There is no denying that storytelling is on people’s minds these days, especially in terms of communication skills leaders need to effectively direct, influence and inspire others. And while this fervent focus on storytelling warms my heart, I worry that it is generating a lot of unfocused storytelling in the workplace, as leaders feel compelled to just tell a story, any story because some article or speaker or manager told them to.
To make the most of storytelling in leadership communications and derive the greatest impact from it, one must first think strategically about what their story needs to achieve. The type of social storytelling that we practice in our daily lives typically involves telling any ol’ story at any ol’ time because you think it will entertain and engage people. Strategic storytelling, however, is about picking the right story at the right time, specifically to convey an idea that will, in turn, shape the way your audience thinks and feels and motivate them towards the desired action.
When I think strategically about the stories I tell in my leadership communications, I don’t start with the story; I back into it. Said another way, I reverse engineer the story by first thinking strategically about the objectives I need a story to meet. And I do this by identifying the following:
FIRST: Desired Action of My Audience
I first consider my audience (whether its one person, ten, or one hundred) and what actions I want them to take. What do I need them to start doing, stop doing, do more or do less of? For example, we might be facing a major change initiative at work that’s going to require a big shift in how we operate, and I need my team to embrace this change instead of shying away from it.
SECOND: Thoughts and/or Feelings Needed in Order to Take that Action
Then I consider what my audience needs to think and/or feel in order to take the action I need them to take. These might be new thoughts and feelings I need to instill in them, or mental and emotional barriers or obstacles I need to help them get around. Continuing with the example referenced above, in order to embrace this impending change initiative, I might need my team to recognize (think) that while it will involve some short-term discomfort, longer term it’s going to make us all stronger in our capabilities. I might also need to help them get over feeling overwhelmed by the sheer magnitude of the change and instil greater confidence and faith in their ability to get through it.
THIRD: Key Message to Generate those Thoughts and Feelings
Next I think about what key idea or message I can share to help generate the needed thoughts and feelings to motivate the desired action. Again continuing with the example outlined above, I might want to convey the idea that the way we’re going to get through this big change initiative is by leaning on and encouraging each other as a team and collectively taking things one step at a time.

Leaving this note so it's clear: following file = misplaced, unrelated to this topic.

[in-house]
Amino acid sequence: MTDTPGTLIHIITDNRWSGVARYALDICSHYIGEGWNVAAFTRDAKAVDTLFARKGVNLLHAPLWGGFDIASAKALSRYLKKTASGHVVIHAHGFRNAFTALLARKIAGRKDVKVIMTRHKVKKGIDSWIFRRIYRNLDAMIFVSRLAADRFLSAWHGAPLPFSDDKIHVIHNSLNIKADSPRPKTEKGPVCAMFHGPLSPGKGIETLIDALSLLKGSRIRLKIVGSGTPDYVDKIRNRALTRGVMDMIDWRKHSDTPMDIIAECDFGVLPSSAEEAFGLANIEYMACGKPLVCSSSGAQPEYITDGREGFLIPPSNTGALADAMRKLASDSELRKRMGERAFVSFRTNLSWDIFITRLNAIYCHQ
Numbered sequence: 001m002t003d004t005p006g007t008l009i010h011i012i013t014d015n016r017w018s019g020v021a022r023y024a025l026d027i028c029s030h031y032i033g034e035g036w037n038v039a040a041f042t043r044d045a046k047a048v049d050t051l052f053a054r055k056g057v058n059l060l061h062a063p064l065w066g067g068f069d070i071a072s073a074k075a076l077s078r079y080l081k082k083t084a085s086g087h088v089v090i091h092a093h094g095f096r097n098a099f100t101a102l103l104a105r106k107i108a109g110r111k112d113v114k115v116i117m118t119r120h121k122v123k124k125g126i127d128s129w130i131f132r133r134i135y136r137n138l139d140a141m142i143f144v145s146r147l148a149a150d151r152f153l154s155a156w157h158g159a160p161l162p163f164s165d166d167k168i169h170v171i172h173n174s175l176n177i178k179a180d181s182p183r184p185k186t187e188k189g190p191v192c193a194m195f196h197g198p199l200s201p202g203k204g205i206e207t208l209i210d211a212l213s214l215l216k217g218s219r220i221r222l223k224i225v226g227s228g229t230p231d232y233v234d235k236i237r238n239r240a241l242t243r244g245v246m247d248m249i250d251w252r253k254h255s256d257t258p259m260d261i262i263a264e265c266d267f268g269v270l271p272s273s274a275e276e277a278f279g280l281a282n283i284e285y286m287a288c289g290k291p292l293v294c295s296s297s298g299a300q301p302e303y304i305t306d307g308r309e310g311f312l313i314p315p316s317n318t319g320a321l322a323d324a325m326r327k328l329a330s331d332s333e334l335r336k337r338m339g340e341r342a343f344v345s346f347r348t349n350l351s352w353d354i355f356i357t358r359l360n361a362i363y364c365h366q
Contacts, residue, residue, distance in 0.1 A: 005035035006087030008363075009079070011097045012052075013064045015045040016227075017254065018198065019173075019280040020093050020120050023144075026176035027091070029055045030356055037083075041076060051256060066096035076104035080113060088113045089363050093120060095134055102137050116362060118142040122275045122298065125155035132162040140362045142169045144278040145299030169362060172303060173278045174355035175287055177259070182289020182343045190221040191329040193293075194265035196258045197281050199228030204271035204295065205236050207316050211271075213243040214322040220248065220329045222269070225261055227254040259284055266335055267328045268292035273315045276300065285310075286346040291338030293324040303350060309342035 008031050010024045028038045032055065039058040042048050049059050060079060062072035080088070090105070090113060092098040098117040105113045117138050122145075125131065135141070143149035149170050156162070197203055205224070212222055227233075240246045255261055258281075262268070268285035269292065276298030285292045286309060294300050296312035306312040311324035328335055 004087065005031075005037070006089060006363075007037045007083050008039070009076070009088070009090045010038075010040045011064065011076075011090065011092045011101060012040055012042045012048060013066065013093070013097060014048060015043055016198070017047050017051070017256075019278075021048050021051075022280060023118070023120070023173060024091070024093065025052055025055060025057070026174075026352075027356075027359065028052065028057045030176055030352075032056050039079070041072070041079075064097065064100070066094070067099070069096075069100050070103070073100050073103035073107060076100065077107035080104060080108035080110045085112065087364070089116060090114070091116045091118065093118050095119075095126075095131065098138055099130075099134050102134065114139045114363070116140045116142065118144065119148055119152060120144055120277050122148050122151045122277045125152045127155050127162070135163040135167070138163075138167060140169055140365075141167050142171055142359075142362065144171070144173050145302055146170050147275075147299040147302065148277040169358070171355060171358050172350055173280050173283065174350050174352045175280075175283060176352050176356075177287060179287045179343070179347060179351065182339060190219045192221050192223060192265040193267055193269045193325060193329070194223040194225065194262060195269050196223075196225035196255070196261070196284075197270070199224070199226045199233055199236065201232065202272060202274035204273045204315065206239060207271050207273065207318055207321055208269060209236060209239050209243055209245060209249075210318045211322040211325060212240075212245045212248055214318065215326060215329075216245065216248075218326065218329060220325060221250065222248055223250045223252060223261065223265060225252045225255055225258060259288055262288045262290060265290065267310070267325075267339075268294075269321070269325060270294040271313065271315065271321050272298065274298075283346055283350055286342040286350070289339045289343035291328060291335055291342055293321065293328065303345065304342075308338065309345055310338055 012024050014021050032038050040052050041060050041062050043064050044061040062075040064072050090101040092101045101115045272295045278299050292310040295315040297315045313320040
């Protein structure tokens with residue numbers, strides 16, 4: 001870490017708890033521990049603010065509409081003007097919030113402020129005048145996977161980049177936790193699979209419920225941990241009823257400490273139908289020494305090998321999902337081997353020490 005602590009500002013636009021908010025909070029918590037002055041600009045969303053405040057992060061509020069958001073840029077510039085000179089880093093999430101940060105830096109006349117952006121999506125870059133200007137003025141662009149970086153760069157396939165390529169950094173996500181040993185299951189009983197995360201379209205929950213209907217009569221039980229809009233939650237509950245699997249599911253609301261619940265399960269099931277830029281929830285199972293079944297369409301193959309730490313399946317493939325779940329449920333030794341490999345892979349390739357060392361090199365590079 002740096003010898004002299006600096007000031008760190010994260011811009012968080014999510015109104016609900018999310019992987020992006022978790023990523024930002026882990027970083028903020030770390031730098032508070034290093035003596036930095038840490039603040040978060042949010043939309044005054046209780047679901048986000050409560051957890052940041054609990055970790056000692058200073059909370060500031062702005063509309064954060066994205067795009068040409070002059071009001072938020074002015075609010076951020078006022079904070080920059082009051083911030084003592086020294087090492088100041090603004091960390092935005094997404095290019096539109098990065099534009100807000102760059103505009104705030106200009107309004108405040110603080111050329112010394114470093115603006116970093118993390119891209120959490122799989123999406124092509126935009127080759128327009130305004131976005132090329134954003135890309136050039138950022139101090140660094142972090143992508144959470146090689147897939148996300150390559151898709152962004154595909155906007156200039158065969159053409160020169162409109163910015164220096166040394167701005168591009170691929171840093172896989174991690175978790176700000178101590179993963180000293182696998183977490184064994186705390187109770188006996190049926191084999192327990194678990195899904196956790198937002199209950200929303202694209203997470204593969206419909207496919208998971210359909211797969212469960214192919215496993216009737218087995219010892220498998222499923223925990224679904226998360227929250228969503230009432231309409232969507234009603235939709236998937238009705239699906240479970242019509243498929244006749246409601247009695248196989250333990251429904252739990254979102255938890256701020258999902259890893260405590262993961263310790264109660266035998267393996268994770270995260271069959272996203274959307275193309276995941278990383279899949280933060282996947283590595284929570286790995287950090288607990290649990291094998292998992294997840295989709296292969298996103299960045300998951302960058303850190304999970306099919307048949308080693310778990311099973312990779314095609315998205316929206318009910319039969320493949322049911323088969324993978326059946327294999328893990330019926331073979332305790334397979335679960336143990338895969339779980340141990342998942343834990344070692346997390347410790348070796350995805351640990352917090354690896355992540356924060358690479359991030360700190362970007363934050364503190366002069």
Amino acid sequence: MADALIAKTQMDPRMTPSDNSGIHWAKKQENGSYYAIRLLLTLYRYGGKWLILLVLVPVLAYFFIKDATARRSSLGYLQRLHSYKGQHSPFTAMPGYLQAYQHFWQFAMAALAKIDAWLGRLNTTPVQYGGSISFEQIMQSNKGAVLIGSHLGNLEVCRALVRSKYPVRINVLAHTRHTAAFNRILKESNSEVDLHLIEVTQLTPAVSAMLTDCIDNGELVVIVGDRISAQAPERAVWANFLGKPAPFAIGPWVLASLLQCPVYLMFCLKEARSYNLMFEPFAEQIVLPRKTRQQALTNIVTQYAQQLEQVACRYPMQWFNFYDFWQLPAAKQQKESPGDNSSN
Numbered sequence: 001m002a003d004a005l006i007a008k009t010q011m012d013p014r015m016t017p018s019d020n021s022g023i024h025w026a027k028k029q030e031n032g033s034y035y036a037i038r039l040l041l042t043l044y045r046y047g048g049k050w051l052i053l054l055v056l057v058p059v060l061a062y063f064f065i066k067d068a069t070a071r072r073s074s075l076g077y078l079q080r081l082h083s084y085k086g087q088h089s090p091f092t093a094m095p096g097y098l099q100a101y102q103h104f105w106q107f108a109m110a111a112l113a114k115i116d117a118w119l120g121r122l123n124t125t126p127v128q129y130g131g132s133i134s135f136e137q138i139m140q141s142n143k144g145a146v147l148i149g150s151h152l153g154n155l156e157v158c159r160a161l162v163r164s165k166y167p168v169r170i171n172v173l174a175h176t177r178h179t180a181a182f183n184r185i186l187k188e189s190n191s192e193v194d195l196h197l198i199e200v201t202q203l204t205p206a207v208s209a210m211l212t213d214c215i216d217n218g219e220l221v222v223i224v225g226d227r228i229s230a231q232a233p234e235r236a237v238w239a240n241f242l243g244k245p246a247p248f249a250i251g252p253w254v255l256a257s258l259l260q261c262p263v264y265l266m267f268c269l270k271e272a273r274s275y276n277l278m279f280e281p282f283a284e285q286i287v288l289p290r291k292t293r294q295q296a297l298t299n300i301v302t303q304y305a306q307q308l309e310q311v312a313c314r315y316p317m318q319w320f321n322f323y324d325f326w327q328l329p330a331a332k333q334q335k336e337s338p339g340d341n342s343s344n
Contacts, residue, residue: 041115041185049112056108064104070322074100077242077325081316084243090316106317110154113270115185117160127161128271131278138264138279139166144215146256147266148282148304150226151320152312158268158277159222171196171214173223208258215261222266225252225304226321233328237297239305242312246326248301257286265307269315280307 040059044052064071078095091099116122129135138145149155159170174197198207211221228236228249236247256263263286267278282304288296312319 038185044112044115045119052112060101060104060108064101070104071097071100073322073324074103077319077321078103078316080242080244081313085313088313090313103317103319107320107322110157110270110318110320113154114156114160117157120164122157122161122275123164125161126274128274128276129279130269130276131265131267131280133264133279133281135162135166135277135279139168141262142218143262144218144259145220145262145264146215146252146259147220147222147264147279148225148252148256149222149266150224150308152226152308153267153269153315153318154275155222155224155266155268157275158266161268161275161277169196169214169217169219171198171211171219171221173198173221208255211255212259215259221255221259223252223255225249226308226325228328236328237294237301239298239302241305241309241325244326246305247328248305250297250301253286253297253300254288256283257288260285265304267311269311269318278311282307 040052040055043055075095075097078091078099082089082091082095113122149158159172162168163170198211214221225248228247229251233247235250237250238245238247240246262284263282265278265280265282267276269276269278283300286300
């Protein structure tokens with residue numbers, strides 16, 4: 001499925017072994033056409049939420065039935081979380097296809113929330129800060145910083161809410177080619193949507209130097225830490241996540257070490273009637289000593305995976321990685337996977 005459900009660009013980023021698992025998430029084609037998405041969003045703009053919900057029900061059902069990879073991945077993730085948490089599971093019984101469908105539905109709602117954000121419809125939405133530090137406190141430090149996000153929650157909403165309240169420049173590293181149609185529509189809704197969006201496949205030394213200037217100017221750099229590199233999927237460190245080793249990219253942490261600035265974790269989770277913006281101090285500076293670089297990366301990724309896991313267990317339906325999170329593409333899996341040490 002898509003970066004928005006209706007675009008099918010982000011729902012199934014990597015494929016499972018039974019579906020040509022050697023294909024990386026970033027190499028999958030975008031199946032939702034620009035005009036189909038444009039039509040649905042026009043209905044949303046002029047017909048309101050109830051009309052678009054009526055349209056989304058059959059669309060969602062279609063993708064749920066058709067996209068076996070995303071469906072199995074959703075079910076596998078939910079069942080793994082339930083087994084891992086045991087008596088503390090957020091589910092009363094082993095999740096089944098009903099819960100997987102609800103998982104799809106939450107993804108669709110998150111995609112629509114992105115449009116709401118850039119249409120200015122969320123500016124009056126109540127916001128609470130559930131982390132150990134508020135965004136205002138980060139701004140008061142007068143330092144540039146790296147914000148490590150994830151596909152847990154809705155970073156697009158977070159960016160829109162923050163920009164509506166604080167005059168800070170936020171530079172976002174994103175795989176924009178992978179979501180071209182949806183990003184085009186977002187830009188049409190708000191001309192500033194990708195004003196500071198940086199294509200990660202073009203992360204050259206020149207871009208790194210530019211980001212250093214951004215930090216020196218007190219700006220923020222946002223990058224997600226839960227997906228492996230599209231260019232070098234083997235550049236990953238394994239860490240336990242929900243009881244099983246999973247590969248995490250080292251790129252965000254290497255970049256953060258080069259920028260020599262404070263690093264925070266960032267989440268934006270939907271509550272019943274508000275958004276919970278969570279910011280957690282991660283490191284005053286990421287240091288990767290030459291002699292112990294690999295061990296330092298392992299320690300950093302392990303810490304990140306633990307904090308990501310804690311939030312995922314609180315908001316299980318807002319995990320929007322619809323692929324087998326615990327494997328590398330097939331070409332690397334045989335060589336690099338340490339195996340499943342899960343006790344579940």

FOURTH: A Story that Can Foster and Facilitates All of the Above
After I’ve thought through these three objectives, then and only then do I consider if I have a story that can bring to life the message or idea I want to convey, and that can generate the thoughts and feelings I want to generate in order to inspire the action I need my audience to take.
So, in the privacy of my head or in my office (often I will take a couple of minutes to map this out on a whiteboard), I think about it in the order outlined above. But nine times out of ten, when I’m walking into a meeting or presentation I will deliver it in reverse. I will start with the story before diving into the main subject matter of the meeting or presentation. And by starting with a story that I have thought strategically about — a story that has a clear point; a story that is appropriate for the workplace situation we’re in; a story that is relevant to the mental and emotional state of my audience — I start to indirectly shape the way my audience is going to think and feel about the subject matter that is to follow, enabling them to more fully absorb and embrace it.
Given the objectives uncovered for the example above, I might determine that the story of running a marathon for the first time (or climbing Kilimanjaro or hiking the Pacific Trail or any other story about reaching a tough, intimidating goal) would be the perfect one to tell at the start of a team meeting in which we’re going to go through the implementation plan for this major change initiative. When telling this story, I would make certain it’s strategic by indirectly and artfully addressing the objectives I’ve identified, ensuring it’s reflecting the necessary thoughts and feelings and demonstrating the key idea I want to communicate. For example, the plot of my story would acknowledge that I never thought I could run a marathon (or climb Kilimanjaro or hike the Pacific Trail), but through the collaborative encouragement and guidance of others, training to build my strength and abilities, and taking things literally and figuratively one step at a time, I was able to do it.
Starting the meeting with this story would not only engage my audience at a more personal level, but also help them understand how, exactly, we are going to get through this change initiative together and why it’s important we do so. Most importantly, because my story is both strategic and human, appealing to the head and the heart, it will remove the mental and emotional barriers that might get in the way and smoothly pave the way to our collective success. And after that, we’re off to the races.
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